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    Good stuff Sean! I do think a big problem in most Wing Chun is "in-breeding." Too many schools only train against other guys doing Wing Chun. They spend long hours training all kinds of cool things in Chi Sao....against another guy doing Wing Chun! Most of those things just aren't going to happen in a real exchange when the other guy doesn't know Wing Chun. So props to you for mixing it up with other groups!

  7. #7
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    Quote Originally Posted by Sean66 View Post
    My students definitely had trouble gauging the distance with people who 1) have decent long-range attacks and 2) are decent at grappling.
    That was also my assessment! Good to see WCK guys working out with MMA guys to improve together. This reminds me of my san shou days lol. when I sparred with some pro MMA friends to work on my timing and distancing.

  8. #8
    Looked through the video. It's got good stuff but a lot of room for improvement.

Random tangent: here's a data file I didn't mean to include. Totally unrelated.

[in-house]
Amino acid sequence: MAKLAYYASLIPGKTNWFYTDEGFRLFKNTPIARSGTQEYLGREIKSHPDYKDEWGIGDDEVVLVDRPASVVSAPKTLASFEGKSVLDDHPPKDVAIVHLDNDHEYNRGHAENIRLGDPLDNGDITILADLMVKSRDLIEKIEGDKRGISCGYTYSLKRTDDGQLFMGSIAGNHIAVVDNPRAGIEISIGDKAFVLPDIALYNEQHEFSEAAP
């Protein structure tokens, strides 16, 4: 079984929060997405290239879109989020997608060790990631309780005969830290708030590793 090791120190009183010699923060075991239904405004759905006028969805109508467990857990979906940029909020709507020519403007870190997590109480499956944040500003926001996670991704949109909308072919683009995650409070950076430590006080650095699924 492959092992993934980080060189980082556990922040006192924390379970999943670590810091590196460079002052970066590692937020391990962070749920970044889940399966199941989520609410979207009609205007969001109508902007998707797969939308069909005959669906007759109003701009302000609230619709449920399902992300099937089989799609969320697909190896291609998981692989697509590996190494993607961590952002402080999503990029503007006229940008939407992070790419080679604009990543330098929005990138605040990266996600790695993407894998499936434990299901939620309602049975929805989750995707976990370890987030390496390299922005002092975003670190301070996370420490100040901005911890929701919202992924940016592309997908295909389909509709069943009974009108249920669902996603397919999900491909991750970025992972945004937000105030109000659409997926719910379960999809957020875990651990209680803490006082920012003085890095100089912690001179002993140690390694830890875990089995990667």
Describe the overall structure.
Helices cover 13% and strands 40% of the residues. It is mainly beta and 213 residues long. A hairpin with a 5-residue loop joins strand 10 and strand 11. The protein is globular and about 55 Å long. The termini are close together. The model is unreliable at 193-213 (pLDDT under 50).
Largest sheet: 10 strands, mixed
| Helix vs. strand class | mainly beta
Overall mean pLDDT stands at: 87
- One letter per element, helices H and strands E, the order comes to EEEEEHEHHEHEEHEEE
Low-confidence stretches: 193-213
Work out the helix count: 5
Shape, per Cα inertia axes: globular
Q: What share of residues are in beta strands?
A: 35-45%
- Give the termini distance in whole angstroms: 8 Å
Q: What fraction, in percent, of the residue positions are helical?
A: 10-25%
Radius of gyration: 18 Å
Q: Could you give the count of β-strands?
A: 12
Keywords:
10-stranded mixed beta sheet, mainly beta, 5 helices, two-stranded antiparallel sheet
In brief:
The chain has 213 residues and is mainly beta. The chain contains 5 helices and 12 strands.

1. Good training use of equipment and use of mma training partners - the first minute of the video was all compliant back and forth, but I saw the use of focus mitts and thai pads. I don't know how much value there is in taking a guy all the way down with focus mitts, but training going under a punch for the entry is good. Real live targets are good.

    2. Space - really doesn't work well for what you're doing. Most wing chun studios I see are like this - hard floors and lots of mirrors. It's hard to go live without breaking glass, and all the takedowns were pretty much pick the guy up and set them down as you can't go any harder than that. There's not enough space for unrestricted movement. You guys would be better off training some of this kind of stuff in a park as I really don't see most wing chun studios converting over to mats on the floor and walls or cage walls to facilitate contact rounds. Wing chun people mostly like to look at themselves in the mirror - they don't like to spar so much - you can tell by their studios.

    Anyway good start on the stuff. Refine work with focus mitts and thai pads so that you are really starting to build genuine attributes - speed and power. change footwork up so that it's not all charge in chain punch the pads but that you keep people's feet moving in all directions while learning to acquire and strike targets. Keep building it. This is the right path. You are just at the beginning. Work 20 minutes of free movement 3 minute sparring rounds into your everyday schedule - like 5 rounds, with 1 minute rest between rounds. Works good for towards the end of class. Keep training with the mma guys you found and doing rounds.